Cutting and matching the football's four panels is the first of the 50 or so steps in the ball-making process. "A football comes in quarters, like the game," Cheney says. "My brother Merle used to match the pieces for color." Merle finally retired a couple of years ago after 39 years of matchmaking.

Many Ada families have worked for Wilson for a long, long time. "Generation after generation," says Rita Rowe, a lacer whose brother, two sisters, daughter, two sons, daughter-in-law and Aunt Maudie Howard have all labored in the cavernous shop. The factory's 173 employees gather once a year for the company picnic. "Our game is Softball," says Tom Elkins, a plant manager of such eminence that a football bearing his name is stenciled onto his parking space. "If we played football, too many people would want to see me on the other side."

Ada's football makers are a slaphappy bunch whose initiation rites date back to the first forward pass. Wilson rookies are asked to fetch the leather stretcher, a cousin of the lefthanded monkey wrench. They crisscross the plant in intricate post patterns before someone finally exclaims, "A leather stretcher! There ain't no such thing!"

"We do lots of crazy things here," says Jane Dunson, who has been branding balls with the names of leagues, teams, players, sponsors and bowl games for 24 years. Stamping comes right after cutting and matching. "You see all kinds of different things on the balls," she says, as fond and forbearing as a daughter who has heard the same old story about 112 times. "The work I do changes all the time."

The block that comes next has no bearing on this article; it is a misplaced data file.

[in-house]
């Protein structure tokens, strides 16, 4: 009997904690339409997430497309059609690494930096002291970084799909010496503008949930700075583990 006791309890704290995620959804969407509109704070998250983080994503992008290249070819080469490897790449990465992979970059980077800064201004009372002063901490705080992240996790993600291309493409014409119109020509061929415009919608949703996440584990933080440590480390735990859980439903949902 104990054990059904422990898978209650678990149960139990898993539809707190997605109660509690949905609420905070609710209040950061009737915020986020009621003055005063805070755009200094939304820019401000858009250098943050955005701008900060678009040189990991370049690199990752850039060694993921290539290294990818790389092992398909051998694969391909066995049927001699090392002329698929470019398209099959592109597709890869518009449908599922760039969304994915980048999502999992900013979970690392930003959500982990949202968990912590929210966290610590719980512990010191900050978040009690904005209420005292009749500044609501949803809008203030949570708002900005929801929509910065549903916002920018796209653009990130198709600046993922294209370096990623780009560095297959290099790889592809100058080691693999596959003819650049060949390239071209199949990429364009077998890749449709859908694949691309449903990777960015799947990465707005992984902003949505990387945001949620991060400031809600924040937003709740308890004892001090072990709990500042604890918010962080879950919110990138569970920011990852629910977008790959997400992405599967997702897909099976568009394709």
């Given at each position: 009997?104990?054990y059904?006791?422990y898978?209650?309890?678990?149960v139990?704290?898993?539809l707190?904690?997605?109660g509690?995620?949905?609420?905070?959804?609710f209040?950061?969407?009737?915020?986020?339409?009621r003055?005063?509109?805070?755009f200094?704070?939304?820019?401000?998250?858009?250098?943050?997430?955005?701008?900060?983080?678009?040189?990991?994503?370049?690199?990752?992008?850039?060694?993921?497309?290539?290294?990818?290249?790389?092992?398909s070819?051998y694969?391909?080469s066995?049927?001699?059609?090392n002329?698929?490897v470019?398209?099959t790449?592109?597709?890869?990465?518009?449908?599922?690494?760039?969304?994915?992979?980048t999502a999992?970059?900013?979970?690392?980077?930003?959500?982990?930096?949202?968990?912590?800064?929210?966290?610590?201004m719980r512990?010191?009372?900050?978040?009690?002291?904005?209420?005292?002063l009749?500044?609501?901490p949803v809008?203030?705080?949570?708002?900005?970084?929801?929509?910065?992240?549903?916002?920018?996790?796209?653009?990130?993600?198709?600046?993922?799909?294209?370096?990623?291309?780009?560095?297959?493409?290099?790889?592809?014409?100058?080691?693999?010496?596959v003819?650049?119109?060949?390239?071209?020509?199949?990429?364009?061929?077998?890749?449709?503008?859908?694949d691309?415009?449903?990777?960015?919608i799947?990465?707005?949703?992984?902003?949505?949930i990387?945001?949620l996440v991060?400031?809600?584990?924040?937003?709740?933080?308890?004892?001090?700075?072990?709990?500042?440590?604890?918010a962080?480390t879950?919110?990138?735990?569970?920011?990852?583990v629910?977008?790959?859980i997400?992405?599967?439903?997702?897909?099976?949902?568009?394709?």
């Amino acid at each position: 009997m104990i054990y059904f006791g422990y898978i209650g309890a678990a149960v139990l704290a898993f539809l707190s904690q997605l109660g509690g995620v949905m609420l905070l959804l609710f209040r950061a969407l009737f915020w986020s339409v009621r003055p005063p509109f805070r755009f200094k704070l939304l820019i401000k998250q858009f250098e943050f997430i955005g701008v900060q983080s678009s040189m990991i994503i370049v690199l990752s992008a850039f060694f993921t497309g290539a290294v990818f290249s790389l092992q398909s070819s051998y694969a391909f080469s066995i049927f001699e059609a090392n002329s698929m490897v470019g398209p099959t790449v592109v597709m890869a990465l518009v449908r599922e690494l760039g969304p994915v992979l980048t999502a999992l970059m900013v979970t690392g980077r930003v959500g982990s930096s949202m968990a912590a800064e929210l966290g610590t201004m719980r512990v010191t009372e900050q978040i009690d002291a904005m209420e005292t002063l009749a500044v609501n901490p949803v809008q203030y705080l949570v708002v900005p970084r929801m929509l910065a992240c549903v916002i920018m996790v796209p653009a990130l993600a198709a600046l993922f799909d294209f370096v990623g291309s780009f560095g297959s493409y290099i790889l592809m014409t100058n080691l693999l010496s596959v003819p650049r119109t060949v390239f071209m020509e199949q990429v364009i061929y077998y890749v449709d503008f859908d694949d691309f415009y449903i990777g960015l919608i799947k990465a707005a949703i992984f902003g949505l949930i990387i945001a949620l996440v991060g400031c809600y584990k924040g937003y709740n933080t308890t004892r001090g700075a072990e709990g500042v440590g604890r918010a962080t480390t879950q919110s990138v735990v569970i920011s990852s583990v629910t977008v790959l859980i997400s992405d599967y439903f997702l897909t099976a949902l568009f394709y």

One of the most momentous changes in Dunson's workday came last year when Wilson began searing PAUL TAGLIABUE onto its NFL balls. The new commissioner's penmanship confounded Dunson. His tiny signature annoyed her. The pronunciation of his name confused her. She had to write TAG-LEE-A-BOO on a piece of cardboard and tape it to her stamping machine. "You look at his name, and it just don't come out Tagliabue," she says.

Though Ada is closer to Cincinnati and Detroit, most of Wilson's workers are dyed-in-the-gut Cleveland Browns fans. Price roots for the Los Angeles Raiders. "I used to like to watch Jim Plunkett," she says, standing on one foot as she punches out holes for the laces. "He practically never put his fingers over the grip cord. With Plunkett, I'd always know if the laces were laying straight. I don't care about anything else. That might be greedy, or it might be selfish, but I want to see the laces."

For Price, nothing is quite as gripping as the way a quarterback holds the ball. Terry Bradshaw always kept his thumb on the valve, she says, while Joe Montana spreads his fingers over the lacing. "Randall Cunningham's fingers are so long, they seem to overlap. Whether they really do, I don't know."

A sturdy, expansive woman, Price talks about her job with pride, and with poetry in her voice. "I handle more footballs in a day than most pro quarterbacks do in their careers," she says. "I put my hand on every ball that goes out. Nobody else in the world can say that. It's a pretty good feeling." Price gave a Wilson ball to her nephew, Rick Combs, when he graduated from high school in 1973. But Combs never played with it. "He couldn't," she says, "it was his sleep ball."

Combs became so enamored of his sleep ball that he brought it along to college. "I don't know why," Price says. "He just loved it so good, I guess." She's unsure if ball and boy still share the same bed.

"Rick has a wife now, so I can't really say," says Price. "Come to think of it, though, he didn't get married for many years. Maybe that's why."